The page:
Cyberbullying: Phoebe Prince
Phoebe Prince's Story
Phoebe Prince was a 15-year-old girl that attended South Hadley High School in Massachusetts. She was originally from Ireland and had recently moved to Massachusetts. Her principal described her as smart and charming. She was a freshman who didn't quite fit in and dated a senior football player briefly that upset other girls that felt "she didn't know her place." She became a victim of bullying.
Phoebe was bullied in text message, through Facebook messaging, and in person while at school. They stalked her and called her names, such as a slut. The day she died, she was walking home from school and one of the girls drove by throwing an energy drink at Phoebe and yelling insults at the girl. Phoebe went home and hanged herself. A friend of her's who didn't want her name released, said:
"She was being bullied because she was pretty and people were jealous."
Even after Phoebe died, these girls left awful messages on her memorial Facebook page.
After her death, information surfaced saying that administrators didn't take any actions after Phoebe went to them, telling them what was going on at school to her. A day before she died Phoebe told a friend that
"school is almost intolerable".
A night after she died, a candle-light vigil was held by her fellow students.
What About The Bullies?
Parents of South Hadley High School students went to the town's Board of Selectman, to express their concerns of the bullies still being in the school. Their were nine students that were implicated in the bullying of Phoebe. She was virtually hounded by students, "a campaign of tormenting and making her life miserable."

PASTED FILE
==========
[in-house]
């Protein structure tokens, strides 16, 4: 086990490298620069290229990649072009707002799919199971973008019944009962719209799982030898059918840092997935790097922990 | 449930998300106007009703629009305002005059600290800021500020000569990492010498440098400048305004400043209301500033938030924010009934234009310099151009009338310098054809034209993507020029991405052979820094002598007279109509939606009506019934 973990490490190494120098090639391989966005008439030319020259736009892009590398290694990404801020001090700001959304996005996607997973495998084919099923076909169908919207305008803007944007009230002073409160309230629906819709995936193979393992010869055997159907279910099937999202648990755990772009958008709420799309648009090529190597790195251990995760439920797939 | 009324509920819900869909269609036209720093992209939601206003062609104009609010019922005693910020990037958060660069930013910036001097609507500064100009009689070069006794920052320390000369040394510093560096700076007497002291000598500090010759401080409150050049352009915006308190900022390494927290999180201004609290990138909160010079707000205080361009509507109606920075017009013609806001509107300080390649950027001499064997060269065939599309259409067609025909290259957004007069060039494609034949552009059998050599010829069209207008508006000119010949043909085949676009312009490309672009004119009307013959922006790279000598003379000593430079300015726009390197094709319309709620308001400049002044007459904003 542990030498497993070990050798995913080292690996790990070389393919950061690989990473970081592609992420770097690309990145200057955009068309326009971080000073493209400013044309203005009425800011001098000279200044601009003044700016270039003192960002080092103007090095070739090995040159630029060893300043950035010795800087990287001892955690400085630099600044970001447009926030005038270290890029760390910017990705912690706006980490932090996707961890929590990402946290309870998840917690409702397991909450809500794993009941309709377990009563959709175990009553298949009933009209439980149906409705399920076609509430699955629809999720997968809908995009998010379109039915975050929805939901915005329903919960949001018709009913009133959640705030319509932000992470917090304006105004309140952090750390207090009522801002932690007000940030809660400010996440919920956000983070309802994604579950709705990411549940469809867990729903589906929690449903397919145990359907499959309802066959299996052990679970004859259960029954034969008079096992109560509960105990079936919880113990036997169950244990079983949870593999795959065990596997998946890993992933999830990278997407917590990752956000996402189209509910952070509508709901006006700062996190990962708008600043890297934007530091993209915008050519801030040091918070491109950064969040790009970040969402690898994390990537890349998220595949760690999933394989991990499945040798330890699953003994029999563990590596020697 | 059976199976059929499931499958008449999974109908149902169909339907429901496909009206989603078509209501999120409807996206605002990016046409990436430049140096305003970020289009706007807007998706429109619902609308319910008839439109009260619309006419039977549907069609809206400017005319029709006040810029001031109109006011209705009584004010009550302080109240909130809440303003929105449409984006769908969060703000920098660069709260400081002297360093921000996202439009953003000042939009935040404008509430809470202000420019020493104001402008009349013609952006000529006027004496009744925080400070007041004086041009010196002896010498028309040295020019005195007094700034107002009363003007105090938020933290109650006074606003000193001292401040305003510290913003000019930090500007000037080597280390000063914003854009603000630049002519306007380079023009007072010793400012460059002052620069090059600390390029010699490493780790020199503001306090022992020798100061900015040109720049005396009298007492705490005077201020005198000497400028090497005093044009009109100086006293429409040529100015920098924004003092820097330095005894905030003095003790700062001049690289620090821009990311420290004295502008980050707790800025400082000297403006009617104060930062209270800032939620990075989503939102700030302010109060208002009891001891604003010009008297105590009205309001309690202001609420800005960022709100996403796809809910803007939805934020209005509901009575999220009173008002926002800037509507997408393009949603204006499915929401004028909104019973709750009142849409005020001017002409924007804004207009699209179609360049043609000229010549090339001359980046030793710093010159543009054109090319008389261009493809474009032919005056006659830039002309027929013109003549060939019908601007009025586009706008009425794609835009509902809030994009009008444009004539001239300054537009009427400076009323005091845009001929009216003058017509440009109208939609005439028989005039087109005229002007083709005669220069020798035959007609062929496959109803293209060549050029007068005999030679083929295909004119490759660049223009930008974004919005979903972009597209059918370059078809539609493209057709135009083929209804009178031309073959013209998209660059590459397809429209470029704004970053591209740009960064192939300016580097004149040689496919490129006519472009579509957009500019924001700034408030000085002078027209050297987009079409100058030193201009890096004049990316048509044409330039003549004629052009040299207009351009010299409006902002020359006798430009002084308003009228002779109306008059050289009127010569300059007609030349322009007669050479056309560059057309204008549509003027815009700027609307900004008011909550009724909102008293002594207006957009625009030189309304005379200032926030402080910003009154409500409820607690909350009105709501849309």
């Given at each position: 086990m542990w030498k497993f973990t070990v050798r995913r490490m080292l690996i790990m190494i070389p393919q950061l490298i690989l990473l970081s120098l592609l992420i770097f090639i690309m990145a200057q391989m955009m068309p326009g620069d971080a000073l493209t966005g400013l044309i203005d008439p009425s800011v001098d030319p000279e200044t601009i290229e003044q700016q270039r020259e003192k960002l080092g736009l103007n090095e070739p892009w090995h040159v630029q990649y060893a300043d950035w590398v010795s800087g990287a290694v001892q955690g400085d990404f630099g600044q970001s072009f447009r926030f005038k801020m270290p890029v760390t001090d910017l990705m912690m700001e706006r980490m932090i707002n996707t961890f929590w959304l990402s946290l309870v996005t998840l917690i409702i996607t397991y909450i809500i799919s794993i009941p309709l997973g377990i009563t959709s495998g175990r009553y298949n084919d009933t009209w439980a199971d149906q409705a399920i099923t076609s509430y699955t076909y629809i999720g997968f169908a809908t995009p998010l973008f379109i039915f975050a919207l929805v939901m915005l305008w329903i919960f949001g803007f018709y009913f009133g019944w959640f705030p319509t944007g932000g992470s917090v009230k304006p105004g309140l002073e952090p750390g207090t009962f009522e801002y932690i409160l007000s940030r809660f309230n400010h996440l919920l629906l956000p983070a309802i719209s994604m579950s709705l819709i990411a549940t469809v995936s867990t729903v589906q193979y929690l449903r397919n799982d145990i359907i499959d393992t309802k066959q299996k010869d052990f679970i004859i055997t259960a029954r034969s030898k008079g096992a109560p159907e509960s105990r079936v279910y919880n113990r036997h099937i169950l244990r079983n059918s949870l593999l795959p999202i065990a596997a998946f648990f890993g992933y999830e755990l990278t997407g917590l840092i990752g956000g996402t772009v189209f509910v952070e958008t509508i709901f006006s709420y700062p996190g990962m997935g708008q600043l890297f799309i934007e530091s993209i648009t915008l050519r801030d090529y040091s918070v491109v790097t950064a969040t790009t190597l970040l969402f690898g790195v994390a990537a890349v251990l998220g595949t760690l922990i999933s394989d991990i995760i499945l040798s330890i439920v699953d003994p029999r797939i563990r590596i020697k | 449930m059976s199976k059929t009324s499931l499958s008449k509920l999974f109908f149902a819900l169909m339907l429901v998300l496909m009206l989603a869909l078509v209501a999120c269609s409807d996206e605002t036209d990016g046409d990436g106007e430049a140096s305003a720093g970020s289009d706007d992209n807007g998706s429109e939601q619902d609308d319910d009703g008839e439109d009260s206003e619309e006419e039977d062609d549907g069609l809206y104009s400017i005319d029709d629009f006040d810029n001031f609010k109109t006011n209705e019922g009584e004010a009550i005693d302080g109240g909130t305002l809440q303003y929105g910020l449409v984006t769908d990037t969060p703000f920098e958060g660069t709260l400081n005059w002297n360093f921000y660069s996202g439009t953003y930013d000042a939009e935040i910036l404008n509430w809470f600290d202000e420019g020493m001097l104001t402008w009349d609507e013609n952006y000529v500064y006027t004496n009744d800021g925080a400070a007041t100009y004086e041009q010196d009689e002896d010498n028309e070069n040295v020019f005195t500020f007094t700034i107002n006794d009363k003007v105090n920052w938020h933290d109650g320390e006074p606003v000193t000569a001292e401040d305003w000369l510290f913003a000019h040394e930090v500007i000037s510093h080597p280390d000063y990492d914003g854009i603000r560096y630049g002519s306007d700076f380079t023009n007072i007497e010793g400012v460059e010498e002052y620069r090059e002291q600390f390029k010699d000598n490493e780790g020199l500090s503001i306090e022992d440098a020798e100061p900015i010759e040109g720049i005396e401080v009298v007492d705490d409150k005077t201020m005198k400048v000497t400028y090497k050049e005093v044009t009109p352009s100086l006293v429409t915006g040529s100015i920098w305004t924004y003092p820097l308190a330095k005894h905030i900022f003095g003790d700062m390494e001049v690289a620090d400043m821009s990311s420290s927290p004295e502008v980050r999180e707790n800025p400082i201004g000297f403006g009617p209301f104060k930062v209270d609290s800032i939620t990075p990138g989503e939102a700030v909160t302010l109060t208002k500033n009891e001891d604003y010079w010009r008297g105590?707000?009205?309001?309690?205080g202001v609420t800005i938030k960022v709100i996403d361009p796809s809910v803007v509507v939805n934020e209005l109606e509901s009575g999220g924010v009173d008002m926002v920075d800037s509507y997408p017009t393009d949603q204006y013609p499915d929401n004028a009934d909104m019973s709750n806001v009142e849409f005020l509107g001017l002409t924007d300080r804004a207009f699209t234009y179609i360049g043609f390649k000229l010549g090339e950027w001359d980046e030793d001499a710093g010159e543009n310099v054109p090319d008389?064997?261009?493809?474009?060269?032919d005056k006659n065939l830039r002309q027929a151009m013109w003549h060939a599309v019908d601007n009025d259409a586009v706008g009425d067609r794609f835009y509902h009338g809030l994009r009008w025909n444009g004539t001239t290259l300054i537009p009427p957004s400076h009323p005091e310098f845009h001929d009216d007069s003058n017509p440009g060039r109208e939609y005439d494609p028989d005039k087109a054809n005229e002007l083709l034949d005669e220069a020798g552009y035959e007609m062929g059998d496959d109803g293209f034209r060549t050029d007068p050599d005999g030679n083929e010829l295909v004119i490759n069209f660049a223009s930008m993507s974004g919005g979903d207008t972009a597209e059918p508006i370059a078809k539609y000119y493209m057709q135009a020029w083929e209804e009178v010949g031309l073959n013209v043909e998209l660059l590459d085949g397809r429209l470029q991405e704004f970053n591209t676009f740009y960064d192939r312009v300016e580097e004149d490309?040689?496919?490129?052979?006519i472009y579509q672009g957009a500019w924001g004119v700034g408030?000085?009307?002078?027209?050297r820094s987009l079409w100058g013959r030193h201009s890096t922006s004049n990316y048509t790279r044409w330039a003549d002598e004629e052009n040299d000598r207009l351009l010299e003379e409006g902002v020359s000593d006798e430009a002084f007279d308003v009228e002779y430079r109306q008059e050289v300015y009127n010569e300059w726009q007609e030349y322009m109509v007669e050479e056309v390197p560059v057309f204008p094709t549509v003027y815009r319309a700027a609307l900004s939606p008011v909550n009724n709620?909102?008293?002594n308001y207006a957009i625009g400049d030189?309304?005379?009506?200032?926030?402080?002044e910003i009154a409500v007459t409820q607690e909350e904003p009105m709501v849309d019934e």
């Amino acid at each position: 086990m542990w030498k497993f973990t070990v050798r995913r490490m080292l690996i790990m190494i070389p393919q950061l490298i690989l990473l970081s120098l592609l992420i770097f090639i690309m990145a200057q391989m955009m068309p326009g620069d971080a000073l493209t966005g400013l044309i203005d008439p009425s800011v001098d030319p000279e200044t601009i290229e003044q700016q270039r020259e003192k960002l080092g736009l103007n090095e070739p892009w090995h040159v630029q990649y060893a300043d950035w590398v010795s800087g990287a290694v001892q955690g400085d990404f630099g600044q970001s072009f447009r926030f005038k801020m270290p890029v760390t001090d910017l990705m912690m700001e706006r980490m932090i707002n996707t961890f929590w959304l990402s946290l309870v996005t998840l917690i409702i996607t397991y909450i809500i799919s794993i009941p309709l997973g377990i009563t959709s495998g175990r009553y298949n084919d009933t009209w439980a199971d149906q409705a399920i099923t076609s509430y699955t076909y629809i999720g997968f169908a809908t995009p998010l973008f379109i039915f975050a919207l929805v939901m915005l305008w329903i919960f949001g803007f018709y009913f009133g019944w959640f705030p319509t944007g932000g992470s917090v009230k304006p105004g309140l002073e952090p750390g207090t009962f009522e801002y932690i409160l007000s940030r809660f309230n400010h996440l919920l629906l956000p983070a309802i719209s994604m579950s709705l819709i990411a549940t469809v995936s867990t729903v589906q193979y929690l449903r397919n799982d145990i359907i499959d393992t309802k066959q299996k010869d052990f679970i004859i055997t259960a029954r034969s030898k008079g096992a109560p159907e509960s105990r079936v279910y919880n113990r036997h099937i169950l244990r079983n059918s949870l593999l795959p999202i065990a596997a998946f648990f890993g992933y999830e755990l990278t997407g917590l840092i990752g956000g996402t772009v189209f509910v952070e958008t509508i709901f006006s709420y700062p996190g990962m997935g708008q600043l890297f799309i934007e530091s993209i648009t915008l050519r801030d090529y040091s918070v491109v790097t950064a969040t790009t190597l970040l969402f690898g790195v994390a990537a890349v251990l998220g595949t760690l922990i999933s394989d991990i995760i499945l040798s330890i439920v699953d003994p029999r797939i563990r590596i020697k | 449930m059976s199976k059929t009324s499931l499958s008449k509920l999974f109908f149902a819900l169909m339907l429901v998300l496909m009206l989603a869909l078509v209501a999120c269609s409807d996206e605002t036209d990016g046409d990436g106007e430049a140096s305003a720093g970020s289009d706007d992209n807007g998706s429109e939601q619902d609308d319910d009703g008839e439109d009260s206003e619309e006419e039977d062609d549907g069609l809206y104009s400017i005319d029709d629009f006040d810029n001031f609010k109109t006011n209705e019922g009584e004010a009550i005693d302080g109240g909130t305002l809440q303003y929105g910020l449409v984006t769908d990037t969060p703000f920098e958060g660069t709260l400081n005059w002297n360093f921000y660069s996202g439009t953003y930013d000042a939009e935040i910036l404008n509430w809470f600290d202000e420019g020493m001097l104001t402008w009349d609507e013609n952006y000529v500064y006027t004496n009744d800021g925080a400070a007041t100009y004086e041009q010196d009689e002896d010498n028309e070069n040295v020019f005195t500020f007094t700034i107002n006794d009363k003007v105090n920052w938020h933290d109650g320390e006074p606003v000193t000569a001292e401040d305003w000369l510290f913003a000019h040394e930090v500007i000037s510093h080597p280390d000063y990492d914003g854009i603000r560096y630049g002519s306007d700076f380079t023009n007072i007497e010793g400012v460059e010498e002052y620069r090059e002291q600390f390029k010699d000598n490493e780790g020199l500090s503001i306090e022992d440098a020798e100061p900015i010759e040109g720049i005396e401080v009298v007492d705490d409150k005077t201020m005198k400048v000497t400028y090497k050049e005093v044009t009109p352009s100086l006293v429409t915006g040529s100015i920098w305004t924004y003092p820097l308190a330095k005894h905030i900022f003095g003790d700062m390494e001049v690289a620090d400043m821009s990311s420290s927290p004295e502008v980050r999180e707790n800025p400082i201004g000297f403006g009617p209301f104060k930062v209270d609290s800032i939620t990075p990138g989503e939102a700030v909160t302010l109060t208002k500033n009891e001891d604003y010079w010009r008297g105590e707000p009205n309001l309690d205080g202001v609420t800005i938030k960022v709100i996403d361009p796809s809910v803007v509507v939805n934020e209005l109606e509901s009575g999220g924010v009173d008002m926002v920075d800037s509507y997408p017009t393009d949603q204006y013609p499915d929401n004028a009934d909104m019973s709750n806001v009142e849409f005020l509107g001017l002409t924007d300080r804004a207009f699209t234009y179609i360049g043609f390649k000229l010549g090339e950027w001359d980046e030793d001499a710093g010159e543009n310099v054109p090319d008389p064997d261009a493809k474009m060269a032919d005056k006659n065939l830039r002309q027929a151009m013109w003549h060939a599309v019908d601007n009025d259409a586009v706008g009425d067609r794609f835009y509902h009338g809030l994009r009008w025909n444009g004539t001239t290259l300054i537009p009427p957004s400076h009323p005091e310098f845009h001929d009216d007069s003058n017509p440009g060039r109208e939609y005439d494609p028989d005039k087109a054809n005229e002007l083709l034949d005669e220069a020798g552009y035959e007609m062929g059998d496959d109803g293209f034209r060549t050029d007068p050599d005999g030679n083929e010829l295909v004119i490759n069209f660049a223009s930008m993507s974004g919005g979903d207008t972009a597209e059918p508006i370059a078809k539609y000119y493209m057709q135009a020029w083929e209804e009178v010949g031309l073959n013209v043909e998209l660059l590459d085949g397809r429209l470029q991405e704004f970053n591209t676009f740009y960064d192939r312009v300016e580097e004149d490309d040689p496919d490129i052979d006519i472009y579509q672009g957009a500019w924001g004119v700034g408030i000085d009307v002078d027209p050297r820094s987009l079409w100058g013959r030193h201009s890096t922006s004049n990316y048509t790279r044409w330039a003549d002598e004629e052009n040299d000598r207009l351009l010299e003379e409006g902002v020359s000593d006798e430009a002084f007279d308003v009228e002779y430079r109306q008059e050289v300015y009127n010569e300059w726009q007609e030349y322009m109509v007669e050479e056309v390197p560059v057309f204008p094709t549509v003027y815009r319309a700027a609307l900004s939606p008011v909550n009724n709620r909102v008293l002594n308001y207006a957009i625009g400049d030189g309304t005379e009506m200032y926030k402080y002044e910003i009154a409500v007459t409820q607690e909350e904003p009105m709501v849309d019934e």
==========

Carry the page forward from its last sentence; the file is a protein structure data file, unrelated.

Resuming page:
"What kind of signal are we giving kids at school if some of the bullies are still walking the hallways acting proud," said parent Kathleen Keene.
Other parents had different concerns if the bullies were named, like high school senior Steven Grawboski,
"Name and shame these bullies and they will find themselves in the same place that Phoebe was and we will find more families with losing their loved one and more lives torn apart."
As part of the ongoing investigation, police told the local radio station,
"We've subpoenaed records from Facebook, we've subpoenaed web pages from Facebook, hoping to track down perpetrators of some of this criminal threatening."
State representatives stated that their would be criminal charges filed at some point.
In March 2010, the teenagers responsible for the bullying of Phoebe Prince were taken out of school and indicted on federal charges. At the time, charges like these were unprecedented.
Nine teenagers were charged for their involvement with the suicide of Phoebe Prince. Ashley Longe, Sharon Chanon Velazquez, and Flannery Mullins were all 16 and pleaded not guilty to civil rights violations and criminal harassment. Sean Mulveyhill (17), Austin Renaud (18), and Kayla Narey (17) also entered not guilty pleas.
Two of the nine teenagers charged faced statutory rape charges. All of them faced charges of stalking in addition to violating her civil rights and criminal harassment. School officials were not charged of any crimes even though they admitted to know of the harassment and didn't do anything to help Phoebe.